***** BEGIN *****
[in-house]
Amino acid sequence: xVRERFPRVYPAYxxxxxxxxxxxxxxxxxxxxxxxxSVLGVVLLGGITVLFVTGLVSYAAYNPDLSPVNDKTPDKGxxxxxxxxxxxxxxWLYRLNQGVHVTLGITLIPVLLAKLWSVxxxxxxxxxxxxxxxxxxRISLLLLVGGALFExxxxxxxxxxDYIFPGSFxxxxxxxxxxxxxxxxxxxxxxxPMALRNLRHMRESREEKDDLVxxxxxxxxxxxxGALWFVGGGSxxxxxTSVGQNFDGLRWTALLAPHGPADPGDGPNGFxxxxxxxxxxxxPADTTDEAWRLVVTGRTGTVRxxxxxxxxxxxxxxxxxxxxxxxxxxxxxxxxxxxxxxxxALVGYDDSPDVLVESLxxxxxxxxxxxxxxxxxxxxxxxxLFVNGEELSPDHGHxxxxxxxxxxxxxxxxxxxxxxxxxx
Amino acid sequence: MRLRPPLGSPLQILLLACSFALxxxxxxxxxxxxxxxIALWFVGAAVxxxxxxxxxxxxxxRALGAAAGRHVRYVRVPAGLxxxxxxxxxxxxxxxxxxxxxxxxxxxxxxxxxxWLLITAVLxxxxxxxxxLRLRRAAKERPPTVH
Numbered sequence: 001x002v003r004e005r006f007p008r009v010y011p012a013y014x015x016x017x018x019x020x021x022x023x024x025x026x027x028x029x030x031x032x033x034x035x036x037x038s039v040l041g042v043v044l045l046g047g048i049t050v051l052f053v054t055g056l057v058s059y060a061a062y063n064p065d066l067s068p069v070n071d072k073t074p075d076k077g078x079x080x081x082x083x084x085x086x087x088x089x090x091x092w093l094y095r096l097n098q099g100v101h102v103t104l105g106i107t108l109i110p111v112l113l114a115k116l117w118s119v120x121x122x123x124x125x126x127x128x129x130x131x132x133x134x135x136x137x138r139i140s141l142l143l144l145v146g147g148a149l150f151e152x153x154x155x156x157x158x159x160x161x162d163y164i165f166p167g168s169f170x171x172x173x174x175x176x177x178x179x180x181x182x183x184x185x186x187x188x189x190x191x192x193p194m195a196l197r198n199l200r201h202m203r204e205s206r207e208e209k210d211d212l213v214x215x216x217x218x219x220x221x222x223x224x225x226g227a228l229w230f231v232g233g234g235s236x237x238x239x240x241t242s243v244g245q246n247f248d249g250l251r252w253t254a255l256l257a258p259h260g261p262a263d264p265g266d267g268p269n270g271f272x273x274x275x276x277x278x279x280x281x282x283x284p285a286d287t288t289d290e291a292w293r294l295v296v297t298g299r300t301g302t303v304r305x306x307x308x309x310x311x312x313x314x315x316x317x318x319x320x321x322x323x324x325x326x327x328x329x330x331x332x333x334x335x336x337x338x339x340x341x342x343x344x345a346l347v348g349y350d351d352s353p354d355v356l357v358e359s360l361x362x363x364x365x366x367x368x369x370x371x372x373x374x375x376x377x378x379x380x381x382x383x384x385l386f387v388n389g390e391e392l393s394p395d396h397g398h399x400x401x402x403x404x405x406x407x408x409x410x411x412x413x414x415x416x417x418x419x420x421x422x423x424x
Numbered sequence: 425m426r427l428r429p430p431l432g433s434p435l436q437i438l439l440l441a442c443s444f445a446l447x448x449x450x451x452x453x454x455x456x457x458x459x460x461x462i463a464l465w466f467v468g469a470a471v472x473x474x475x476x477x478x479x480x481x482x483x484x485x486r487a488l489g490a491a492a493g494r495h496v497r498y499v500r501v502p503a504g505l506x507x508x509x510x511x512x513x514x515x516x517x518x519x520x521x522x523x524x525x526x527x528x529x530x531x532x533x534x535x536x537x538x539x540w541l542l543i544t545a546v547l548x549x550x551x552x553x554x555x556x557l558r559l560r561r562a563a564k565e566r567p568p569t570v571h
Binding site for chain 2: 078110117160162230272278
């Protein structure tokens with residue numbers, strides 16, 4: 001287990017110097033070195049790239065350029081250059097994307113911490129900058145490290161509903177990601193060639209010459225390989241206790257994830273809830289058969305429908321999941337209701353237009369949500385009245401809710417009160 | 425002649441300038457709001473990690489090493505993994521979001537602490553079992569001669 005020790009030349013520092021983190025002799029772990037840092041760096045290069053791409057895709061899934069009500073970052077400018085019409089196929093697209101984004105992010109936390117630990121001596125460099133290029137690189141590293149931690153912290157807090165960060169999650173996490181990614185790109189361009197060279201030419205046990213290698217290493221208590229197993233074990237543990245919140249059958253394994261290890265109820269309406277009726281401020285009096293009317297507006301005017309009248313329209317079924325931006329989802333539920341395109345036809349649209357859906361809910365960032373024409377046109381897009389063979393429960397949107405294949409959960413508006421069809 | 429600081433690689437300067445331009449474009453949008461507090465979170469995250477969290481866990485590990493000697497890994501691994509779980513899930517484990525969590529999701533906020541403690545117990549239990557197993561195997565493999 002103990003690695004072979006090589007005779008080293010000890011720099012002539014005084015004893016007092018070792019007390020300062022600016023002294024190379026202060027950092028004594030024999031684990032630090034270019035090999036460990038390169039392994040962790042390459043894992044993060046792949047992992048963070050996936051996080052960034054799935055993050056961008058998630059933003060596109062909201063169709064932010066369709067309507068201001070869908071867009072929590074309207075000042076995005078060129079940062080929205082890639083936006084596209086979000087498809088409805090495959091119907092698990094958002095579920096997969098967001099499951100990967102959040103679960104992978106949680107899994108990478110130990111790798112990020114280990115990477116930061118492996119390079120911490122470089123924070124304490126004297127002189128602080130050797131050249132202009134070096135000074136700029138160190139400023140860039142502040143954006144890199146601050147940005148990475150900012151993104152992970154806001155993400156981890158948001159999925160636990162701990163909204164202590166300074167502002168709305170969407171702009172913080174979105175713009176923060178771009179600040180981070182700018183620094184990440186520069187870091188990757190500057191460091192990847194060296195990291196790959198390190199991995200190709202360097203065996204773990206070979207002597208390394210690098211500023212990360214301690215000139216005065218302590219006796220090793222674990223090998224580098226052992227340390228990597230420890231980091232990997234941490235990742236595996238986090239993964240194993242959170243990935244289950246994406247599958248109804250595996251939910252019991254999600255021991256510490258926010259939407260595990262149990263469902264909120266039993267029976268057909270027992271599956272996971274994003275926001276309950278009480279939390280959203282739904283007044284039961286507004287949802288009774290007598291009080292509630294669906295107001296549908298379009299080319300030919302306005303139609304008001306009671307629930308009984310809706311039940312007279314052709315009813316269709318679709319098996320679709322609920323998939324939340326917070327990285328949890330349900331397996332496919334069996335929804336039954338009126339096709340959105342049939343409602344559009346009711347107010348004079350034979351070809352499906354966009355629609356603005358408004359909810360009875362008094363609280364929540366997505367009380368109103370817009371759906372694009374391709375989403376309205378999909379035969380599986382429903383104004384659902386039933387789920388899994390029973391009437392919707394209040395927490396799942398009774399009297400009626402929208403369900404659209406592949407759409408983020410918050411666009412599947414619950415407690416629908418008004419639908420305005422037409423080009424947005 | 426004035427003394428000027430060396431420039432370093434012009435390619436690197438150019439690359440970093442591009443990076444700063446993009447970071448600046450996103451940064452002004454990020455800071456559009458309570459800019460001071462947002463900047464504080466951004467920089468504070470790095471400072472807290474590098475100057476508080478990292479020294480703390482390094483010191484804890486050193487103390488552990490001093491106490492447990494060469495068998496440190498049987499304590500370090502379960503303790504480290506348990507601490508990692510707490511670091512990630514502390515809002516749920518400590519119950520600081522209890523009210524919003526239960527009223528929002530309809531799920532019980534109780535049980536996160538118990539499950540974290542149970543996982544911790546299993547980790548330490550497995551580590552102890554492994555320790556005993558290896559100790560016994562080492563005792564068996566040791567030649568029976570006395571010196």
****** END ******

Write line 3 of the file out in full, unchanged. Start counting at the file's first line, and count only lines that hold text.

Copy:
Amino acid sequence: MRLRPPLGSPLQILLLACSFALxxxxxxxxxxxxxxxIALWFVGAAVxxxxxxxxxxxxxxRALGAAAGRHVRYVRVPAGLxxxxxxxxxxxxxxxxxxxxxxxxxxxxxxxxxxWLLITAVLxxxxxxxxxLRLRRAAKERPPTVH